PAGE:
Difficult times breed forthright, hard-hitting opinions. Articles, for example, that sum up the world in 10 points. Ten reasons why things have come to this; 10 causes of the economic slump; 10 faults of Spanish democracy; 10 urgent measures that have to be taken; the 10 lies we all believed; the 10 reasons why the euro can't be saved (or why we have to save it). Hard-hitting opinion writers favor round numbers -- they like to list 10 points that explain the universe. All such explanations are cockeyed nonsense, of course. But hard times create a market for them.
I understand the feeling. I, too, want to open the paper one day and find an article that reads like a Holy Grail, because right now I am simply unable to see the "big picture" very clearly, and I never expected what is now happening. Some point exclusively to the markets and the greed that drives them; some to our regional governments; some to our tendency to live beyond our means; some to our politicians living beyond their means. There are lots of 10-point explanations. You just have to sit down and write them out.
In the press (better take a valium before you read anything in the news) depressing stories vie for our attention. Here we read of the healthy profits being made by publicly subsidized private schools, most of them in religious hands. That is, they are schools subsidized by taxpayers who are suffering from cutbacks in public schools. In the Society section, we see that the free public "handout" is to come to an end, by which babies, rich and poor alike, were given pneumococcal vaccines -- this, in spite of warnings from pediatricians that it will be far more expensive to treat the infections resulting from non-vaccination. Let the parents pay for these "free rides," in the words of Madrid's regional premier Esperanza Aguirre.
In the Society section, we see that the free public "handout" is to come to an end, by which babies were given pneumococcal vaccines"
And speaking of babies, we now turn to the embryo. Last month, Justice Minister Alberto Ruiz-Gallardón wandered down a garden path more winding than he could have imagined. We are told that, in view of the government's dwindling popularity, the minister was trying to recover the support of his party's backbenchers (those of the religious right, that is). To this end he announced a surprise revision of the abortion law, which would criminalize even those women who had aborted due to malformation of the fetus. I don't know whether the minister expected to open the newspaper at breakfast and read the article entitled "No one has a right to oblige others to suffer," by Doctor Esparza, a child neurosurgeon. His arguments against Gallardón's plans were so convincing that surely the former Madrid mayor, cunning political fox that he is, will not want to indulge in a public debate with a medical man who has lived and worked for years among children who are condemned to an often fleeting life of deformity.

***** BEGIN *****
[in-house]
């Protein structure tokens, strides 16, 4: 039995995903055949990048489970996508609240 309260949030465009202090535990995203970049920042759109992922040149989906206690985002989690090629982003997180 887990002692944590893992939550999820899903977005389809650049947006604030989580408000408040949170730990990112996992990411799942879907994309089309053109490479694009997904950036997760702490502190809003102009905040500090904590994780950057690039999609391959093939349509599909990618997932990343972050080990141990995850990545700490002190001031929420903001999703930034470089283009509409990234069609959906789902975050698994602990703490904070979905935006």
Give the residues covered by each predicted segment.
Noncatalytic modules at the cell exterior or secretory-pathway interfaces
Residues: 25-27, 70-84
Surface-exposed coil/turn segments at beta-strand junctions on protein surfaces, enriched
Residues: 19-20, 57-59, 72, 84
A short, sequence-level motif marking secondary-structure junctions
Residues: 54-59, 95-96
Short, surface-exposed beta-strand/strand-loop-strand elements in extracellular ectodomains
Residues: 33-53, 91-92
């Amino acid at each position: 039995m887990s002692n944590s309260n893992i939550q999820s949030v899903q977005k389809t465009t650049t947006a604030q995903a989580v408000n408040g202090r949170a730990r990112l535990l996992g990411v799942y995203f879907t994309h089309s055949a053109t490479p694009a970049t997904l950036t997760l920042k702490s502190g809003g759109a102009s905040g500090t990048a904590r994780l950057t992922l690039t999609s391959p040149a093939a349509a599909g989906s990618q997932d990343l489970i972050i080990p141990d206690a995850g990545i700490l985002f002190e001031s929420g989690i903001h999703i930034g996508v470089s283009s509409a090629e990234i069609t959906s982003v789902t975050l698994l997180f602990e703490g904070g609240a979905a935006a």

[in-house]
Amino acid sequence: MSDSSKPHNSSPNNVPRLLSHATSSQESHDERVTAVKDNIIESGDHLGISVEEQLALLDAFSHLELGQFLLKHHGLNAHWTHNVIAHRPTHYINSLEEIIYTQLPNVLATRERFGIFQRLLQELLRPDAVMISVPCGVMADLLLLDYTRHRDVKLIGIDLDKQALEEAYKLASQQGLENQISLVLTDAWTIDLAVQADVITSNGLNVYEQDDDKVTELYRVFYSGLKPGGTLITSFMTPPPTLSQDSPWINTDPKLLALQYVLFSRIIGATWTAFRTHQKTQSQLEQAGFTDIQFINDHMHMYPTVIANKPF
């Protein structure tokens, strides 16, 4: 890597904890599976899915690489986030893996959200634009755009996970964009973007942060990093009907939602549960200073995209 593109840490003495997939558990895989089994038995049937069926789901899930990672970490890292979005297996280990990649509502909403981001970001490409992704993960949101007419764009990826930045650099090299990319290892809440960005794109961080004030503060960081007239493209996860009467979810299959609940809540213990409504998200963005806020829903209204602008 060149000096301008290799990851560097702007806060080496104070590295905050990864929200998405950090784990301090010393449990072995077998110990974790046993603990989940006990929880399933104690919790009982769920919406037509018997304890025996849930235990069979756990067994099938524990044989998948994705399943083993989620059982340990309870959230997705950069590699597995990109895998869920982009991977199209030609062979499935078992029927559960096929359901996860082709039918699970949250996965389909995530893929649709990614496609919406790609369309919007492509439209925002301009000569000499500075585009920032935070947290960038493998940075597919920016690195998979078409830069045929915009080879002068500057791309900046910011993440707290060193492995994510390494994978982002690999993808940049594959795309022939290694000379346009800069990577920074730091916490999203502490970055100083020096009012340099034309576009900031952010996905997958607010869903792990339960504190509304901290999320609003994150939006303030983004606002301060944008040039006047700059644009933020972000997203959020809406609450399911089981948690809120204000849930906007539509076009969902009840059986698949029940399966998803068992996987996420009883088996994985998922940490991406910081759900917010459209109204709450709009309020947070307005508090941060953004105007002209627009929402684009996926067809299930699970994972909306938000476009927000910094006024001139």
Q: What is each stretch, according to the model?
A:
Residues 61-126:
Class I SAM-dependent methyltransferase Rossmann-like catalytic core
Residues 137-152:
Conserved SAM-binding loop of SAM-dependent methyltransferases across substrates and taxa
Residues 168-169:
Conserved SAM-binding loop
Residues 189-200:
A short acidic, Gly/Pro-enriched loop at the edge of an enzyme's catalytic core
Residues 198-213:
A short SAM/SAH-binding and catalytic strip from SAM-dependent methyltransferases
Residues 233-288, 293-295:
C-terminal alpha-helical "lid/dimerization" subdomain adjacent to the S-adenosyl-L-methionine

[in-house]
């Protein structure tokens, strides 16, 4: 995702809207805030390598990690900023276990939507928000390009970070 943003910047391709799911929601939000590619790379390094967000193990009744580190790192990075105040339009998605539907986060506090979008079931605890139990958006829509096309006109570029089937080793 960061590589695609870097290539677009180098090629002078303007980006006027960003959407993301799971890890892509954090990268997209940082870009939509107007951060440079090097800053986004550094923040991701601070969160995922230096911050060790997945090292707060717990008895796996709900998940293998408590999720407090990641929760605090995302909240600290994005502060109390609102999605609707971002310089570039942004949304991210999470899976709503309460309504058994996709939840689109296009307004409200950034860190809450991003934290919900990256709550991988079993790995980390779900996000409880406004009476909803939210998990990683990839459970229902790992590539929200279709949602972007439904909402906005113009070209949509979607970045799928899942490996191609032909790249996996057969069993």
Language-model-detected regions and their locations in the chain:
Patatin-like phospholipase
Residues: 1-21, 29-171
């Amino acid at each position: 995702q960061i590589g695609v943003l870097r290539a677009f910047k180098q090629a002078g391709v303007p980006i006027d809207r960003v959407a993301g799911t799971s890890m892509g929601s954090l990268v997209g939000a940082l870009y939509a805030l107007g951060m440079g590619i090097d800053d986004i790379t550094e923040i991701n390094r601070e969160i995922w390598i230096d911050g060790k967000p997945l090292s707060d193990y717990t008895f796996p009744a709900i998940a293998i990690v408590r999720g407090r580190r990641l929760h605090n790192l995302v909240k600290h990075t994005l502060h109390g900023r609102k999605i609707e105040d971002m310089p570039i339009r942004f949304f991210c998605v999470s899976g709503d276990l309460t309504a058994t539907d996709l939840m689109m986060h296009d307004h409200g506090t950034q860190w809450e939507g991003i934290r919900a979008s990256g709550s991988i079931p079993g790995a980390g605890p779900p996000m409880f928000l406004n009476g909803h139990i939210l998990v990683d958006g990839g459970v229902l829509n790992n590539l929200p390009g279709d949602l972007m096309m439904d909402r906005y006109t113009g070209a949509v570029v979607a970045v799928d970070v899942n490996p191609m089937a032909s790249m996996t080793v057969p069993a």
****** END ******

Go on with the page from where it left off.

What I have no doubt about is that the perversion of language in such a cynical manner -- using the word "humane" to describe exactly the opposite -- ought be criminalized. All the more so in times like these, when the government has been gradually reducing the rights of the weak. I am not referring to civil servants, miners or victims of other layoffs. I would rather focus on three particular news stories: cutbacks in public education and profits in the private schools; withdrawal of medical attention for babies; and the criminalization of women who do not wish to bring a suffering creature into the world. Let me focus on these three headlines, all of them concerning children. Three headlines that contain the policy of those who now govern us. I don't need to analyze them, only to repeat them, so they won't be forgotten.
Difficult times breed eminent minds, who understand the nature of what is going on. Good for them. I never thought that the world would seem so incomprehensible to me. Like a girl who has failed some of her exams, I will be back once more come September.